Viruses – Papular Purpuric Gloves and Socks Syndrome

December 3rd, 2010

Papular Purpuric Gloves and Socks Syndrome (PPGSS) is a rash caused by Parvovirus or Hepatitis B virus, which I encounter in my The Woodlands dermatology and Conroe dermatology clinics.  It is less common than Erythema Infectiosum (see blog entry Viruses – Erythema Infectiosum) and occurs in older children and adults.  The rash is exclusively found on the feet and hands as there is a sharp demarcation between rash and normal skin at the ankles and wrists.  PPGSS typically begins with a fever followed by erythema (redness) and edema (swelling) of the feet and hands.  Over several days, the rash becomes purpuric (bruise like).  Patients may also develop erythema over the cheeks, elbows, knees, and groin as well as developing small ulcers in the mouth.  Over two weeks, the rash usually resolves without treatment.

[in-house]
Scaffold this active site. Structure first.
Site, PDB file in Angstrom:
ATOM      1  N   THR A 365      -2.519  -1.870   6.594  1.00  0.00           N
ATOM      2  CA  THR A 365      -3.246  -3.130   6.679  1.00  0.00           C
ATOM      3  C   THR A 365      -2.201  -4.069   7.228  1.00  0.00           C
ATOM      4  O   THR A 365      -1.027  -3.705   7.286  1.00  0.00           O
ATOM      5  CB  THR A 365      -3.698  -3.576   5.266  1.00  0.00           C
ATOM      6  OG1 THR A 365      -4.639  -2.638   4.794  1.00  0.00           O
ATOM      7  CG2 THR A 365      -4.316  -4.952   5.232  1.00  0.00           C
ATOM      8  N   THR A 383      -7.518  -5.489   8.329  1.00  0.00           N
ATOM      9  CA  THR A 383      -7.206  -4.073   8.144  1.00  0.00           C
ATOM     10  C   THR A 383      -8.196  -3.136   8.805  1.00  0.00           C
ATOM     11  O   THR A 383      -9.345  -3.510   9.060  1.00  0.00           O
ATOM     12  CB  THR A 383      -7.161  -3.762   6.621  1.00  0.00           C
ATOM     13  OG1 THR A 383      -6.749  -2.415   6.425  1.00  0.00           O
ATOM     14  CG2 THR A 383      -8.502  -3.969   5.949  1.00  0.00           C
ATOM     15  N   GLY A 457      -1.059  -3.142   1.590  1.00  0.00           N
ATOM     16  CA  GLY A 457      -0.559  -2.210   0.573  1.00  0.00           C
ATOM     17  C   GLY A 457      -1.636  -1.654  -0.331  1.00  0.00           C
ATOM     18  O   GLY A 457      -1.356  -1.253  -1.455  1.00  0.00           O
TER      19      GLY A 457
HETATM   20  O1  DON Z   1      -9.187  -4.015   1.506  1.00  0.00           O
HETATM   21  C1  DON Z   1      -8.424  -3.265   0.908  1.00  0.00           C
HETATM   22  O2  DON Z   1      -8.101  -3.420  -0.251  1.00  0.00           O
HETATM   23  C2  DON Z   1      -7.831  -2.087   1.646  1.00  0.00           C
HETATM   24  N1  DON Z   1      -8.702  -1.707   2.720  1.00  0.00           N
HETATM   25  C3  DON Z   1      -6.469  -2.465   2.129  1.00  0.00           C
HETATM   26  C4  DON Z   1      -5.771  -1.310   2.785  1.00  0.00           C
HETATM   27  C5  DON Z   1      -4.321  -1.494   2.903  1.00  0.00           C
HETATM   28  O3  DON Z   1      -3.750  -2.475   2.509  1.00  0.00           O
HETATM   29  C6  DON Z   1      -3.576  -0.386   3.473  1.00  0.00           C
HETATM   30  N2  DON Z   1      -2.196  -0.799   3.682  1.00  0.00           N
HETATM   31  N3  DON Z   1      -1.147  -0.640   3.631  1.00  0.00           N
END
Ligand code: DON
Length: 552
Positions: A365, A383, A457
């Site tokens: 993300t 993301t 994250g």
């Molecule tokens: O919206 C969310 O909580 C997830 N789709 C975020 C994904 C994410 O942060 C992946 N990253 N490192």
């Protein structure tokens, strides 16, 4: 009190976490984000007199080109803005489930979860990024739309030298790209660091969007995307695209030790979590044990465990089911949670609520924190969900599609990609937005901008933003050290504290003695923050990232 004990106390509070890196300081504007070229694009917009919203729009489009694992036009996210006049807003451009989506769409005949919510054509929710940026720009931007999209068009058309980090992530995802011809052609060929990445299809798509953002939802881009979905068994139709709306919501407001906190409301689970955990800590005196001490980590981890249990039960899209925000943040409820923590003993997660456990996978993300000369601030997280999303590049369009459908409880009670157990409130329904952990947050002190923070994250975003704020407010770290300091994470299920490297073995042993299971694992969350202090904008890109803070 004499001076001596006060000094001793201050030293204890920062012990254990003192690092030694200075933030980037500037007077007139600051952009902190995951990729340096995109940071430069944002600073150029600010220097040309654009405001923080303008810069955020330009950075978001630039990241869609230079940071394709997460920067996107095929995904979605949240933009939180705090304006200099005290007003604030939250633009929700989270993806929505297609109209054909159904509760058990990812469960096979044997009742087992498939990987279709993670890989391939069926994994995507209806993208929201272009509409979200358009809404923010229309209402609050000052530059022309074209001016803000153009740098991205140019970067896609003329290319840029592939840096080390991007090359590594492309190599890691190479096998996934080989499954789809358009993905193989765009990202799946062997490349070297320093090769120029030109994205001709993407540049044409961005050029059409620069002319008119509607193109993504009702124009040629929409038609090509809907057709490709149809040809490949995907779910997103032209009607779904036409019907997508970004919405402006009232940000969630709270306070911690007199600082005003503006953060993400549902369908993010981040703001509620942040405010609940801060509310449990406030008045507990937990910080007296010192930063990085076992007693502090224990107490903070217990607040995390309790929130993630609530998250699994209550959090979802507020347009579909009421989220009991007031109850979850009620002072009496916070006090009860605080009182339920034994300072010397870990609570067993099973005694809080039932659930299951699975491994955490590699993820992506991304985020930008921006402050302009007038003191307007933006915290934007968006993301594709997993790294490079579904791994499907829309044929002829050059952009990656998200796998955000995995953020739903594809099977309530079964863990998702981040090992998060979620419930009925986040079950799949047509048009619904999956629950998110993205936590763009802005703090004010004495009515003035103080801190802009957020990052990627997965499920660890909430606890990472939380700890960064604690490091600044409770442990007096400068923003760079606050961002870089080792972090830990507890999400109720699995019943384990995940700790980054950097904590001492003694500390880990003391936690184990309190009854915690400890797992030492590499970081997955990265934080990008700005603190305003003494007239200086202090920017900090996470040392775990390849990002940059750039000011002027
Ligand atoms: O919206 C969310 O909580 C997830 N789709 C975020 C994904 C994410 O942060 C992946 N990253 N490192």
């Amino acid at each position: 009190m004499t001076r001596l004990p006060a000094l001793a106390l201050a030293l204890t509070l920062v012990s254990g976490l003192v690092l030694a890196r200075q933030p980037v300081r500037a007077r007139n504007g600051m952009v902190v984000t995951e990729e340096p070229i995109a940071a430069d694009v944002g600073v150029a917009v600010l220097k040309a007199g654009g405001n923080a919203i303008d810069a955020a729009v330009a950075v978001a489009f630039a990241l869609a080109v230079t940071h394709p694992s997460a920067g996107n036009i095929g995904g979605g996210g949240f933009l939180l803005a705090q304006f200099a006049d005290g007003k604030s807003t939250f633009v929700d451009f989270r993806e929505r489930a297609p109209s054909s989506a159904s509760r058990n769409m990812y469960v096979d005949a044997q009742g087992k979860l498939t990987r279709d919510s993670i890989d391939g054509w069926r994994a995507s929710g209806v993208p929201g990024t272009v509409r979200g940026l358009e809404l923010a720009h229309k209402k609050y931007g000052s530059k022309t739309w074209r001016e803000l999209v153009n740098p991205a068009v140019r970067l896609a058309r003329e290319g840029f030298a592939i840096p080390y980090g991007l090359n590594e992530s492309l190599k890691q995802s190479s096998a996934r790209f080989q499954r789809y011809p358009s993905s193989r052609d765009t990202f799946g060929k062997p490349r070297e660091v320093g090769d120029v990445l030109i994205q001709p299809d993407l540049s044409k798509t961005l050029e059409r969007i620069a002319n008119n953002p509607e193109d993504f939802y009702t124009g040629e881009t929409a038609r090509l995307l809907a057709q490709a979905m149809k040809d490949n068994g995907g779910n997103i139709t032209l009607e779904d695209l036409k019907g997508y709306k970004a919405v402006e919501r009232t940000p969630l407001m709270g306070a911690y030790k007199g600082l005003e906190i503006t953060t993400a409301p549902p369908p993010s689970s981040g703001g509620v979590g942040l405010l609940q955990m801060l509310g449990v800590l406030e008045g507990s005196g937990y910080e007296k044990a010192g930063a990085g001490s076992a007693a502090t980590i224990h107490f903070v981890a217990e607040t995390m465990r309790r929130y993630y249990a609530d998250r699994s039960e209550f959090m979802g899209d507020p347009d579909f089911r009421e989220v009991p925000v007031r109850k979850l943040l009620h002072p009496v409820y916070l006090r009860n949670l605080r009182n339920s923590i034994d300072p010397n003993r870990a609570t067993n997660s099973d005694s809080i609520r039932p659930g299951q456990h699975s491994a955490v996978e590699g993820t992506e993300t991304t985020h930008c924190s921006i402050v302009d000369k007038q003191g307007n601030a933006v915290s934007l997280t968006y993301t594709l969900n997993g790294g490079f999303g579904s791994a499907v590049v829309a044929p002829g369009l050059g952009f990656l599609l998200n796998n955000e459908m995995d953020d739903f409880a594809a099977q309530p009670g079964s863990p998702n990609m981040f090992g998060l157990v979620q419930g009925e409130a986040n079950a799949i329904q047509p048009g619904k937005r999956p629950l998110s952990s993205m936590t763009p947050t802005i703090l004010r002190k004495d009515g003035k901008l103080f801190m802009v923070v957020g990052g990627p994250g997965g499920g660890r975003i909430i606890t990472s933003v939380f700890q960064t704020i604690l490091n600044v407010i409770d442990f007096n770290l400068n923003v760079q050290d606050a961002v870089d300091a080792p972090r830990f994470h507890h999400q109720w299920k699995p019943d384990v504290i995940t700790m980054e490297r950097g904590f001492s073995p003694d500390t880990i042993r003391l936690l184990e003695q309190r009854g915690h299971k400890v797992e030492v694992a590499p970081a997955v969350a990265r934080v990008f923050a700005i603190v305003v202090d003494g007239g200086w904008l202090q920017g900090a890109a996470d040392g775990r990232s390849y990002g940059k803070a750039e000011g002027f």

Papular Purpuric Gloves and Socks Syndrom